If you own or are involved in managing a website, you’ve probably heard the term “SSL.” SSL stands for Secure Sockets Layer, and it’s how websites keep prying eyes and malevolent minds away from sensitive customer information.
SSL is an encryption technique that was developed by Netscape a few decades ago. According to SSL Shopper, “SSL creates an encrypted connection between your web server and your visitor’s web browser allowing for private information to be transmitted without the problems of eavesdropping, data tampering or message forgery.”
It’s easy to use SSL on your website. For a modest fee, you license an SSL Certificate and install it on your website server. SSL-protected websites commonly show a padlock symbol or green address bar. Once properly in place, SSL switches your URL from //:http to //:https – signifying it’s a secure site.
OK, but who really needs an SSL Certificate? SSL Shopper says it clearly and succinctly: “…if your website is a collection of pictures of your goldfish Rudy with a small blog and doesn’t require visitors to log in, you probably don’t need SSL. If you have a login form or send or receive private customer information, then you need SSL. If you run an e-commerce website where people provide you with credit card information directly on your site, you absolutely need SSL.”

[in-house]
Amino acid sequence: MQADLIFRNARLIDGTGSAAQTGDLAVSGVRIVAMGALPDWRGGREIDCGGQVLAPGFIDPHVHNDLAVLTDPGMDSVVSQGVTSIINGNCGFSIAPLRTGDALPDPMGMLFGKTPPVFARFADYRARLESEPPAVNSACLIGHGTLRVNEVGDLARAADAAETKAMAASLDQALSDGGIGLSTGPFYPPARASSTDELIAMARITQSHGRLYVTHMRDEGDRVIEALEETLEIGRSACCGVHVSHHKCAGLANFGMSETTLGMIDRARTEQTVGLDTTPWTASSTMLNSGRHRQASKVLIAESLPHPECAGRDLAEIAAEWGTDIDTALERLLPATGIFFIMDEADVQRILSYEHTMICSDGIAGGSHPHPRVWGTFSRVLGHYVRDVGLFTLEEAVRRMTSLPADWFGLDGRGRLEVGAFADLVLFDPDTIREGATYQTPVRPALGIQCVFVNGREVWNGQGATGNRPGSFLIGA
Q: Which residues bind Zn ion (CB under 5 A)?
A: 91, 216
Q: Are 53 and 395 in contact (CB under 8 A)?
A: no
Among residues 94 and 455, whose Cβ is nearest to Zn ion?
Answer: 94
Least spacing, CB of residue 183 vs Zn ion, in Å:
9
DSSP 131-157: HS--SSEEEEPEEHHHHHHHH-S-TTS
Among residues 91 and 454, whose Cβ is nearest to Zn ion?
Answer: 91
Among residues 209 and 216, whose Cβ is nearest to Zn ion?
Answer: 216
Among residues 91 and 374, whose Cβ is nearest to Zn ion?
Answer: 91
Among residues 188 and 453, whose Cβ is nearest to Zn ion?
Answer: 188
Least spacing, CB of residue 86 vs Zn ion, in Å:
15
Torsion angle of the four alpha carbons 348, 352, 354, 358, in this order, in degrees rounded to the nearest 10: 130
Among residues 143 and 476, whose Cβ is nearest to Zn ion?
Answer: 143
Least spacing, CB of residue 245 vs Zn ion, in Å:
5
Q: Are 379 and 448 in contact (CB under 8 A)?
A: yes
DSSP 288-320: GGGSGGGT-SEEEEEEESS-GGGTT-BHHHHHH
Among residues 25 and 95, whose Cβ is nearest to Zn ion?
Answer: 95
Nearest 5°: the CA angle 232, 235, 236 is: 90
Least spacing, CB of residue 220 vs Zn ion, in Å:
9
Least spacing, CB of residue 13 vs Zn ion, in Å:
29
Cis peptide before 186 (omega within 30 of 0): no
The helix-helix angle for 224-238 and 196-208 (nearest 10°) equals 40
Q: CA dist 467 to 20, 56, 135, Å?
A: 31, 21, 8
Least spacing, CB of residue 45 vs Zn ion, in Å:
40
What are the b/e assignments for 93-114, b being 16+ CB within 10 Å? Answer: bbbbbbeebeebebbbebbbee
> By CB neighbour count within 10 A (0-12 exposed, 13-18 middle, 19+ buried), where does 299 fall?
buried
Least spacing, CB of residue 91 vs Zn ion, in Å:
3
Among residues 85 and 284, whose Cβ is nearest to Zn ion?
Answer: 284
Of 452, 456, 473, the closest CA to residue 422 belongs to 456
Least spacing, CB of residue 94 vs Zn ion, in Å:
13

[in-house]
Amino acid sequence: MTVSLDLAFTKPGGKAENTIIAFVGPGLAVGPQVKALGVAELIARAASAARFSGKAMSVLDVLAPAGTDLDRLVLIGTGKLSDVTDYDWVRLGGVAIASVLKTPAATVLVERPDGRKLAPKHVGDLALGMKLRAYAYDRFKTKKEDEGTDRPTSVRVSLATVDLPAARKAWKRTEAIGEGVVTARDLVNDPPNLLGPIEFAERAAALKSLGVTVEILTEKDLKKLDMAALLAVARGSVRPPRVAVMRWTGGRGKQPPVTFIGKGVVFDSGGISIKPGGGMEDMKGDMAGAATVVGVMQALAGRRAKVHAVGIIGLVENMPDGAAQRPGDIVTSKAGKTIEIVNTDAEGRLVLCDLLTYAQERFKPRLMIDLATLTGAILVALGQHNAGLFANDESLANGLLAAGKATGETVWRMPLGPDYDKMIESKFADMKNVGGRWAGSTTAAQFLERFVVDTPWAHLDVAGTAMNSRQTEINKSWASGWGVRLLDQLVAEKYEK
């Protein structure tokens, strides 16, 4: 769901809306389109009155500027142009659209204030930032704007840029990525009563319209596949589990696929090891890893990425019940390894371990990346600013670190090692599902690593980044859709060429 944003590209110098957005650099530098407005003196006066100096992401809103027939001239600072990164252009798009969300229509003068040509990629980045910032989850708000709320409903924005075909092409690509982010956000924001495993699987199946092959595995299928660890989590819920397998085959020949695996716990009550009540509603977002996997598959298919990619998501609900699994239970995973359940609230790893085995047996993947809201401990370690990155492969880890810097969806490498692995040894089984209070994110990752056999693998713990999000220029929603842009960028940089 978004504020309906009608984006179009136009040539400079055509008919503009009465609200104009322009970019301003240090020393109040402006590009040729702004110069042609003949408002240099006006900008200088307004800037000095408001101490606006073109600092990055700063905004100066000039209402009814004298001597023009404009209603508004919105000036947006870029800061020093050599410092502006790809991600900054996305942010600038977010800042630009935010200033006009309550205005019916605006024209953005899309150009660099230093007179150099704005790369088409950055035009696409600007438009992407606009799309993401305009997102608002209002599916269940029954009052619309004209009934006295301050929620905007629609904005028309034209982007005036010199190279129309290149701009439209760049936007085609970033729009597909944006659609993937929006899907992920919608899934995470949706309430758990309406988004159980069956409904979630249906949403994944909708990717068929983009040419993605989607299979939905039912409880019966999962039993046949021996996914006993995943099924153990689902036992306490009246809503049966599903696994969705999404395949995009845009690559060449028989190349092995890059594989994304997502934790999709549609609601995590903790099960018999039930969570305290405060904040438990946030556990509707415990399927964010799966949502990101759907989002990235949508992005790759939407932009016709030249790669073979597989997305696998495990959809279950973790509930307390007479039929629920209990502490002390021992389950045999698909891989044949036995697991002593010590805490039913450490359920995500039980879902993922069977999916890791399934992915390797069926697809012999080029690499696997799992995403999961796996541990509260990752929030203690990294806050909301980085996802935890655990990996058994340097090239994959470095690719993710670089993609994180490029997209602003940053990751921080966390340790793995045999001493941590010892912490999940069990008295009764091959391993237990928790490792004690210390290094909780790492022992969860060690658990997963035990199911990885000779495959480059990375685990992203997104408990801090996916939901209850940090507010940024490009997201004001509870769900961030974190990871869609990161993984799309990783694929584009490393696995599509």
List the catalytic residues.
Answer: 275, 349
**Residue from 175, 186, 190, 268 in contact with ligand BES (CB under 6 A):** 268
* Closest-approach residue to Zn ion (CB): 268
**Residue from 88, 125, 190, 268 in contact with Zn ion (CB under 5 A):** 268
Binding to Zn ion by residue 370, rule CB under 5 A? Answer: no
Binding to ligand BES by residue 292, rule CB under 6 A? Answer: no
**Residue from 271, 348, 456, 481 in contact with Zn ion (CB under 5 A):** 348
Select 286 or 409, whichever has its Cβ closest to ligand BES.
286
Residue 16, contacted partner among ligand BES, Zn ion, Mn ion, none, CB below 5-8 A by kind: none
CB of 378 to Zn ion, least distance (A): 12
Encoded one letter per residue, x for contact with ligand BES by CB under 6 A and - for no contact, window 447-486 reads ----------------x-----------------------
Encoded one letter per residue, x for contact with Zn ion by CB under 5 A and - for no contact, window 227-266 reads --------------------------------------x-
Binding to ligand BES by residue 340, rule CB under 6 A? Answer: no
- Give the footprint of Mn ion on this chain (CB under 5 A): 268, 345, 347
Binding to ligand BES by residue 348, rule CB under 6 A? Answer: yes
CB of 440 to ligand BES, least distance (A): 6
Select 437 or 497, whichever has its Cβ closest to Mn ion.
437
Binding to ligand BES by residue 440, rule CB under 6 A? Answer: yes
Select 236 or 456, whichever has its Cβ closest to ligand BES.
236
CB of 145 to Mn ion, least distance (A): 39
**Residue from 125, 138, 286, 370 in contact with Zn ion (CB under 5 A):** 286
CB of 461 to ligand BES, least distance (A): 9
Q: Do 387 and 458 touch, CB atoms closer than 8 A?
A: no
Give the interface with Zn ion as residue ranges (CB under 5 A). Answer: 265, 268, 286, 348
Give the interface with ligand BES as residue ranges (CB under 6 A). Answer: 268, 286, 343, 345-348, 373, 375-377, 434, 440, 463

Ready to purchase an SSL Certificate? Consider your options. Depending on the type of site or sites you run, you could potentially need a different SSL certificate. Here are four ways to go:
- Wildcard SSL Certificate
- Extended Validation SSL Certificate
- SAN SSL Certificate
- Organization Validation SSL Certificate
Please remember this. If you think your site is too small to worry about SSL, think again. As RuthAnn Hogue writes, “No site is too small to get hacked. A web creepy crawly doesn’t care how big you are or what you do for a living. They have one goal, and that is to find vulnerabilities.”
Part of a thoughtful website experience. Besides offering security for website visitors, providing SSL can play an important role in your overall user experience strategy.
Other related reads:
What customers expect from a small business website
What to avoid
Last modified: November 13, 2017